Tuesday, January 08, 2013

What's New

So many changes in my life recently. Not only have I moved into a new place, but I have a new store to work in. Both decisions were difficult ones, but I felt it was time to move ahead.
I have often railed both for and against urban renewal and gentrification. My apartment complex is a good example of urban renewal.
For many years the name Skylane Apartments was synonymous with crime. In recent months, three have been purchased and are now in the process of being renovated.
I'll admit I had my reservations about moving into a former Skylane. The owner reassured me most of the bad element was gone. After my experience at my last complex, I wondered what awaited me inside.
The apartment was airy and clean, no carpet in sight. Unfortunately the last tenants got color happy. When I moved in though, the apartment was bright and new again. Even then I still had my reservations.
I had to figure out a new route to work. Before I was a short 10-minute walk from my job. Now I was a bus ride and a walk up Montrose. I would also be further from the night life.
The latter was less of a drawback. I hadn't gone out much since the search for a new place began. To be honest I am growing tired of the scene, but I like to see my friends occasionally.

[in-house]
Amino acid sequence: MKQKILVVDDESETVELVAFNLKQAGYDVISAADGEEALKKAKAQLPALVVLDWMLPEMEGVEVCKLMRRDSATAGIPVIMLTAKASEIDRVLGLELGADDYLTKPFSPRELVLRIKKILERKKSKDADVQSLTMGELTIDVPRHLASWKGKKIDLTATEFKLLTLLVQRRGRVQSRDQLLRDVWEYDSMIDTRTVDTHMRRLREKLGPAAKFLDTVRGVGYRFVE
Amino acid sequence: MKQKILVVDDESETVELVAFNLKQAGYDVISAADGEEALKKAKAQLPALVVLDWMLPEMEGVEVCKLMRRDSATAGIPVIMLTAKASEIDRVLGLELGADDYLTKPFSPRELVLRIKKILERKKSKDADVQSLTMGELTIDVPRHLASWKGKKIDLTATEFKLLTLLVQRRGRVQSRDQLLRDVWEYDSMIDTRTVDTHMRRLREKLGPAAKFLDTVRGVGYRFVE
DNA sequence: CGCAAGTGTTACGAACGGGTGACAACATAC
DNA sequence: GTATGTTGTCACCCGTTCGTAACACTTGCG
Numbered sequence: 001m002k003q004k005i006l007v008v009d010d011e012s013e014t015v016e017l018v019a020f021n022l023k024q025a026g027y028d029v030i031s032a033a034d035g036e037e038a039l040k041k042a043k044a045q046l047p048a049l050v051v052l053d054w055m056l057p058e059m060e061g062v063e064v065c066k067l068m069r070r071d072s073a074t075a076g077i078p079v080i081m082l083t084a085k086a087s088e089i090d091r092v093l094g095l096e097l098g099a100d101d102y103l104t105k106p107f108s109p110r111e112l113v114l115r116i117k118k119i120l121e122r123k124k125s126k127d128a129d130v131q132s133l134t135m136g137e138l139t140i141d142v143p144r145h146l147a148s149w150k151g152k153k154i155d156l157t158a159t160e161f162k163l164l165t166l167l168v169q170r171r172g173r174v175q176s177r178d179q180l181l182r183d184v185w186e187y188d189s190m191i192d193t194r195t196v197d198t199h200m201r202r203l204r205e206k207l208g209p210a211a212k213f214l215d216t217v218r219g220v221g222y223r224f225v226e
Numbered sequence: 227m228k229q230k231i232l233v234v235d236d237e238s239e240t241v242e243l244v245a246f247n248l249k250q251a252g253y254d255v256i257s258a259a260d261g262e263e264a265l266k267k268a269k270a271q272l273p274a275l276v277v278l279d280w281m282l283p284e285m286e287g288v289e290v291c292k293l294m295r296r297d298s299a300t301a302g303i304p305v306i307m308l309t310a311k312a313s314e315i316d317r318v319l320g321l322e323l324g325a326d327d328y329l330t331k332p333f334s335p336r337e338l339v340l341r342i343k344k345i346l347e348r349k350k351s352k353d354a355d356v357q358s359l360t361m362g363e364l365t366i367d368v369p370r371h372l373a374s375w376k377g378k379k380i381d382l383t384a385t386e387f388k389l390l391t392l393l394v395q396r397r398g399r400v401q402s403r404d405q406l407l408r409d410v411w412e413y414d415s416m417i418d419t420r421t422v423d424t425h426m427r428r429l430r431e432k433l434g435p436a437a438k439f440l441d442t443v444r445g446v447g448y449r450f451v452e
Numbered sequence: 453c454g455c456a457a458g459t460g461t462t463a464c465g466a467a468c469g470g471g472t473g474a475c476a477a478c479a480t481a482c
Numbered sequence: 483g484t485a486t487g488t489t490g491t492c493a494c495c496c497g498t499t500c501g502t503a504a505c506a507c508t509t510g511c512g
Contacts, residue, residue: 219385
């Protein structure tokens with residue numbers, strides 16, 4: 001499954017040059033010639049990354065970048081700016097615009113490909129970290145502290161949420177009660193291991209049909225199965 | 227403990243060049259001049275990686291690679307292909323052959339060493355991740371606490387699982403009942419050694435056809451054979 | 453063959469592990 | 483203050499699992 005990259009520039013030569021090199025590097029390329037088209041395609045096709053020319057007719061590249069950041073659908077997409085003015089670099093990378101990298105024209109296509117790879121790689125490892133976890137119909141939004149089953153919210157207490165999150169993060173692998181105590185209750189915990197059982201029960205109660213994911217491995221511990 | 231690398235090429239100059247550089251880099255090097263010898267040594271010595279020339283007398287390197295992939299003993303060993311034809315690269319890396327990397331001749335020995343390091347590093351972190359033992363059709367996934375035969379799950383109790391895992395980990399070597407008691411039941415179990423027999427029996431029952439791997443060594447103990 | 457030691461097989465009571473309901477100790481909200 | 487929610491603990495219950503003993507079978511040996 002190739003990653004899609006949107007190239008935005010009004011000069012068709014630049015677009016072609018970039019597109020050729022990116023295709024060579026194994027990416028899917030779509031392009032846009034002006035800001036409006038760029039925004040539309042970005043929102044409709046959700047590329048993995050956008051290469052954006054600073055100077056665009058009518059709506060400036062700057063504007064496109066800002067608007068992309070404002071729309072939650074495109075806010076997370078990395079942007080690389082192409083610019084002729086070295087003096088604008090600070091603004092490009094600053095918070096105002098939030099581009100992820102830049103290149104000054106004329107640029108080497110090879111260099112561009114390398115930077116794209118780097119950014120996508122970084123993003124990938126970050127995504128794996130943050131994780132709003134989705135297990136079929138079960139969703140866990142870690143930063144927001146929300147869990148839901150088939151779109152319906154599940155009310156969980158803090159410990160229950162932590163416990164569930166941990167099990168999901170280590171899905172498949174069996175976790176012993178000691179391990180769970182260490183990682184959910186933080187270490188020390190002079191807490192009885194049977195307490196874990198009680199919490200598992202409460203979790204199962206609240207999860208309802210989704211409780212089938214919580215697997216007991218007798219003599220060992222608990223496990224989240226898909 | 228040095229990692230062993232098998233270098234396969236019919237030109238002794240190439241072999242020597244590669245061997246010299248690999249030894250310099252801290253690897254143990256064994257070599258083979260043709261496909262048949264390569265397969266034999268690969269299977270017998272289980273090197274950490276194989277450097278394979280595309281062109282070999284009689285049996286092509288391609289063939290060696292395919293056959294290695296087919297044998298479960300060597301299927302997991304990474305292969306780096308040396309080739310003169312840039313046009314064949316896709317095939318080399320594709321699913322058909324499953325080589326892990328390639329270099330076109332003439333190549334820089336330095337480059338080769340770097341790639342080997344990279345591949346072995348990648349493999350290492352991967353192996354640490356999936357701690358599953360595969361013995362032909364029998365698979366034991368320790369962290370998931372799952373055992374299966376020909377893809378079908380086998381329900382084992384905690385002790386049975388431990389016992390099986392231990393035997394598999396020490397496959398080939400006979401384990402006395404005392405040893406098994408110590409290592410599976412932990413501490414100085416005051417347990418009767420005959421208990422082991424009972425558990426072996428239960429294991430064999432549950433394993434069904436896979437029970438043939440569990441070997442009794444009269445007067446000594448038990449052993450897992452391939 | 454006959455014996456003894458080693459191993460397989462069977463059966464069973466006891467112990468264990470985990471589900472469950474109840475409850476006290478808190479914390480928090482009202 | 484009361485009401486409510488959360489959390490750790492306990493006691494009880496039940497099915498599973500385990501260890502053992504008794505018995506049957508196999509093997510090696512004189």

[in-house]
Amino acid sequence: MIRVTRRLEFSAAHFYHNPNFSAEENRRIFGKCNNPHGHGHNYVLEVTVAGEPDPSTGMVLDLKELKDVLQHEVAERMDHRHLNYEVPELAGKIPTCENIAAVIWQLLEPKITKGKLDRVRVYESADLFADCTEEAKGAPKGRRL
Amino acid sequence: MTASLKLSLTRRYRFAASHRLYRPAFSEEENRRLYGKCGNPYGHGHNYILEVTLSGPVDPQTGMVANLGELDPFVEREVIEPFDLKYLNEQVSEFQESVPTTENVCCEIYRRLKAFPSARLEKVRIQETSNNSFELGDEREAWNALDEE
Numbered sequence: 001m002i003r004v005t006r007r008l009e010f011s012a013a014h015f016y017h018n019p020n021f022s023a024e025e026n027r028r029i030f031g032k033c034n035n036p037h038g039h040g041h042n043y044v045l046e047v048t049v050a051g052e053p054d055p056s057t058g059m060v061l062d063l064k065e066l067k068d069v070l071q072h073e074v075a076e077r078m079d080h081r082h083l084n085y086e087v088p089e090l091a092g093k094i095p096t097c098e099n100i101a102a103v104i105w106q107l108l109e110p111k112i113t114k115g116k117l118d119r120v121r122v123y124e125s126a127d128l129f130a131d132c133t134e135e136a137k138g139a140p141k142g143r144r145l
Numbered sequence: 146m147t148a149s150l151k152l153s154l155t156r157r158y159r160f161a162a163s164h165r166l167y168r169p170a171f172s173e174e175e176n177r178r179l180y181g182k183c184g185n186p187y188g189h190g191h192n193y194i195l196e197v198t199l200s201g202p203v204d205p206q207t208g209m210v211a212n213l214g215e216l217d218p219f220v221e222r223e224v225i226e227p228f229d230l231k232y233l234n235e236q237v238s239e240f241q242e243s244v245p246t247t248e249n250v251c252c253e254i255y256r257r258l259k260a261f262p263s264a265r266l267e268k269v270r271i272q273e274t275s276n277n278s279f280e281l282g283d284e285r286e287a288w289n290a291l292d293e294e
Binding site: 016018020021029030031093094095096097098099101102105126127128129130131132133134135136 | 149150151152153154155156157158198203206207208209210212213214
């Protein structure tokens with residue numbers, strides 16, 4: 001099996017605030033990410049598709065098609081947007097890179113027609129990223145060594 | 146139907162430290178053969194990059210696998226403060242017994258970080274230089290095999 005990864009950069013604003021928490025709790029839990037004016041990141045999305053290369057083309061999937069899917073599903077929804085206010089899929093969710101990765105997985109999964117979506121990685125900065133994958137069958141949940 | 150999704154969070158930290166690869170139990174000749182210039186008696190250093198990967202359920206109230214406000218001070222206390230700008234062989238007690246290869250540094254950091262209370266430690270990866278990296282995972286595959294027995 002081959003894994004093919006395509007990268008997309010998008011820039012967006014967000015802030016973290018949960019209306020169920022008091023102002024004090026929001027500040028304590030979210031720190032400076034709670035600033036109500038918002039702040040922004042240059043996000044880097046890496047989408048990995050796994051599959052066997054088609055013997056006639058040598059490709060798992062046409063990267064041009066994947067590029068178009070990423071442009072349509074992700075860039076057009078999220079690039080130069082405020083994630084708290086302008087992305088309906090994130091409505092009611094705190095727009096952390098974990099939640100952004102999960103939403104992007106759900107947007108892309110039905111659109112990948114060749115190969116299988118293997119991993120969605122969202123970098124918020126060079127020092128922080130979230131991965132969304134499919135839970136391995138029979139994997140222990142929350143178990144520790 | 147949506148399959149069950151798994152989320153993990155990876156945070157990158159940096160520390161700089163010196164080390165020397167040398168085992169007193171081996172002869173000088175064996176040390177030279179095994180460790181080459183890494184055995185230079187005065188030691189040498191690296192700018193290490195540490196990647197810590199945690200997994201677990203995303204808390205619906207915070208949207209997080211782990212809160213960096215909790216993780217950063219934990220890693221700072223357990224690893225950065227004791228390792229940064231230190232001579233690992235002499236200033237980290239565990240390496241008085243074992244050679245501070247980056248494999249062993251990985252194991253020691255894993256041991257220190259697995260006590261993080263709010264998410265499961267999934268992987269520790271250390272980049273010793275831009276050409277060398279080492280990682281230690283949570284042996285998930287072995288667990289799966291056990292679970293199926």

The other big change was in my job. For the last six years I've worked at the same grocery store. The buzz surrounding the new store had grown steadily as grand opening approached. I didn't give it a second thought until my department manger contacted me about possibly going to the new location. At first I thought it would be a temporary assignment and then I would go back to my regular post. However, there was some kind of miscommunication between my store manager and my department manager. What I understood would be temporary would actually be permanent. The store was across town in the burgeoning Memorial Heights area. Getting there would be a slight challenge, but my boss was willing to work with the bus schedule. Grand opening weekend at the new store arrived and I had my apprehensions. New store, new managers, new co-workers, and of course a different clientele. I put my fears aside and went into it like I would any other assignment. The first night was not so bad and I realized that the routine would be about the same as at my old store. After a busy opening weekend, I had finally adjusted. As much as I would miss my regular customers, business is business. My reasons for leaving my old post were many, but what it boiled down to was a new opportunity. The new store would be on the front lines of the battle for grocery customers. We were sandwiched between a Target which was already well established, and a new Walmart, the first ever inside the Loop. While many in the area were opposed to the new Walmart, it was built anyway. I went to both my store and the new Walmart for their opening and my store was better received. The opening of two new retailers in the area was a testament to the renewal that had occurred in the last decade. The Washington Avenue Corridor was in 2003 a place no one wanted to be after dark. Today the street is lined with bars, clubs, and restaurants. Swaths of rent houses were cleared to make way for apartment buildings, town houses, and strip malls. As Houston grows, the city will continue to change rapidly. Along Richmond Avenue, where I moved to, excavators scrape the land with extreme prejudice to make way for new developments. Where apartment complexes sprawled across entire city blocks will soon be replaced with mid-rise buildings. I'm a bit nervous because of how quickly they've moved, but I know for now my complex is safe. All I can do is roll with the changes both in my job and in my personal life.

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